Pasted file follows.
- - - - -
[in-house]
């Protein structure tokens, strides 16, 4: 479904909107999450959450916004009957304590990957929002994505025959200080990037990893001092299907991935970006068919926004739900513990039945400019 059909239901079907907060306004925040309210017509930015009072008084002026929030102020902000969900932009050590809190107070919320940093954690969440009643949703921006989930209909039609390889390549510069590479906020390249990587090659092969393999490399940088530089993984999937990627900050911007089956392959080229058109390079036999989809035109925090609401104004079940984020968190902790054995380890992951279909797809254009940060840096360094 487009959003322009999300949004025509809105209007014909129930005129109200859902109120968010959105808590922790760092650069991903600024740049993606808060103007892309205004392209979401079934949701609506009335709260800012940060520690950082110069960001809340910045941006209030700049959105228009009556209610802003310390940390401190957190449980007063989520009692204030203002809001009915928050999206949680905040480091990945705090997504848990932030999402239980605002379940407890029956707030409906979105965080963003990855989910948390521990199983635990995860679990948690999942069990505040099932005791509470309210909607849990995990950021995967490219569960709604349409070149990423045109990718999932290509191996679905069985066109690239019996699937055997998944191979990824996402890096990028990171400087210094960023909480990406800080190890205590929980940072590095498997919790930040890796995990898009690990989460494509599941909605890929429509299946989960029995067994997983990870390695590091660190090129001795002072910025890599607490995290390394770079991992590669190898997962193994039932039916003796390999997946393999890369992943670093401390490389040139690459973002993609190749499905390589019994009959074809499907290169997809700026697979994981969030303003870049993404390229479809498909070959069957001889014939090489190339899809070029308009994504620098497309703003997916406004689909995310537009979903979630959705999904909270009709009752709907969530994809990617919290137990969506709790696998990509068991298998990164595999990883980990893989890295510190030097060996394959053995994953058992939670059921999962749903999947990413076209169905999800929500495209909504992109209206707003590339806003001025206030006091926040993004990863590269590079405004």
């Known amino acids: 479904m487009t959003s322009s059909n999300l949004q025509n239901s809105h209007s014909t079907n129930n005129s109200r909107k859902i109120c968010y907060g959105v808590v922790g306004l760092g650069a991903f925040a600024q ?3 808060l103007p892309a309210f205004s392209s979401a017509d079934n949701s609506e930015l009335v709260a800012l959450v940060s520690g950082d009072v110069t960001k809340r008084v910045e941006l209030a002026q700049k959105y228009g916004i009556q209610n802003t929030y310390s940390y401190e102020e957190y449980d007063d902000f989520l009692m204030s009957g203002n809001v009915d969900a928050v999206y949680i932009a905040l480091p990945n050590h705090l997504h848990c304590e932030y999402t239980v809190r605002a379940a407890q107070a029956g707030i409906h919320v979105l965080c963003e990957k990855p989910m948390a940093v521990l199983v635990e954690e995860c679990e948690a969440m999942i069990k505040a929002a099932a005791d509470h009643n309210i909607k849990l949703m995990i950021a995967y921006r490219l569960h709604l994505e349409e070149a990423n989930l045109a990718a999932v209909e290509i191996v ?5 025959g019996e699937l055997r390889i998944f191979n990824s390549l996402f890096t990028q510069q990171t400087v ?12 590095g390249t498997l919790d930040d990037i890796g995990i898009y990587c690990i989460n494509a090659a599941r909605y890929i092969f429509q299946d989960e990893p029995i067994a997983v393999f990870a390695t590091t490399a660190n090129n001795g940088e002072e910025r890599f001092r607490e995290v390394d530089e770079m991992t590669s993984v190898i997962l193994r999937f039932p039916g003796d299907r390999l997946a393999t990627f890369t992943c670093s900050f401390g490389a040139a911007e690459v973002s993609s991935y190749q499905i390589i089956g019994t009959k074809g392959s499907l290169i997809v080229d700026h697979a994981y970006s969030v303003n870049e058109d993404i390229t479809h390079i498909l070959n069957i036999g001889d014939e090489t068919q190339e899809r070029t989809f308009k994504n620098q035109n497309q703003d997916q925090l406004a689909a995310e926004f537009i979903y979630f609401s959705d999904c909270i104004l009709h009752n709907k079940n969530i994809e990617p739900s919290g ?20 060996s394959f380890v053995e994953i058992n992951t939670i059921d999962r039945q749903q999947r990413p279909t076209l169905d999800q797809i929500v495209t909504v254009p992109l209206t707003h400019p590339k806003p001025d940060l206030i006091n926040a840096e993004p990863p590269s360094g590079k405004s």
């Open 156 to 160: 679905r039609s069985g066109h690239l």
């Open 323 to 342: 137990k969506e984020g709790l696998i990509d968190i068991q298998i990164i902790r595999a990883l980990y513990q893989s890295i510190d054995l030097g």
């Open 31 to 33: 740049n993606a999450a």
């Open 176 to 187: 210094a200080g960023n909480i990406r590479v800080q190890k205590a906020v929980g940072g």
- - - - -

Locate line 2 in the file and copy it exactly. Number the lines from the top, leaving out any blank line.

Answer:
């Protein structure tokens, strides 16, 4: 479904909107999450959450916004009957304590990957929002994505025959200080990037990893001092299907991935970006068919926004739900513990039945400019 059909239901079907907060306004925040309210017509930015009072008084002026929030102020902000969900932009050590809190107070919320940093954690969440009643949703921006989930209909039609390889390549510069590479906020390249990587090659092969393999490399940088530089993984999937990627900050911007089956392959080229058109390079036999989809035109925090609401104004079940984020968190902790054995380890992951279909797809254009940060840096360094 487009959003322009999300949004025509809105209007014909129930005129109200859902109120968010959105808590922790760092650069991903600024740049993606808060103007892309205004392209979401079934949701609506009335709260800012940060520690950082110069960001809340910045941006209030700049959105228009009556209610802003310390940390401190957190449980007063989520009692204030203002809001009915928050999206949680905040480091990945705090997504848990932030999402239980605002379940407890029956707030409906979105965080963003990855989910948390521990199983635990995860679990948690999942069990505040099932005791509470309210909607849990995990950021995967490219569960709604349409070149990423045109990718999932290509191996679905069985066109690239019996699937055997998944191979990824996402890096990028990171400087210094960023909480990406800080190890205590929980940072590095498997919790930040890796995990898009690990989460494509599941909605890929429509299946989960029995067994997983990870390695590091660190090129001795002072910025890599607490995290390394770079991992590669190898997962193994039932039916003796390999997946393999890369992943670093401390490389040139690459973002993609190749499905390589019994009959074809499907290169997809700026697979994981969030303003870049993404390229479809498909070959069957001889014939090489190339899809070029308009994504620098497309703003997916406004689909995310537009979903979630959705999904909270009709009752709907969530994809990617919290137990969506709790696998990509068991298998990164595999990883980990893989890295510190030097060996394959053995994953058992939670059921999962749903999947990413076209169905999800929500495209909504992109209206707003590339806003001025206030006091926040993004990863590269590079405004």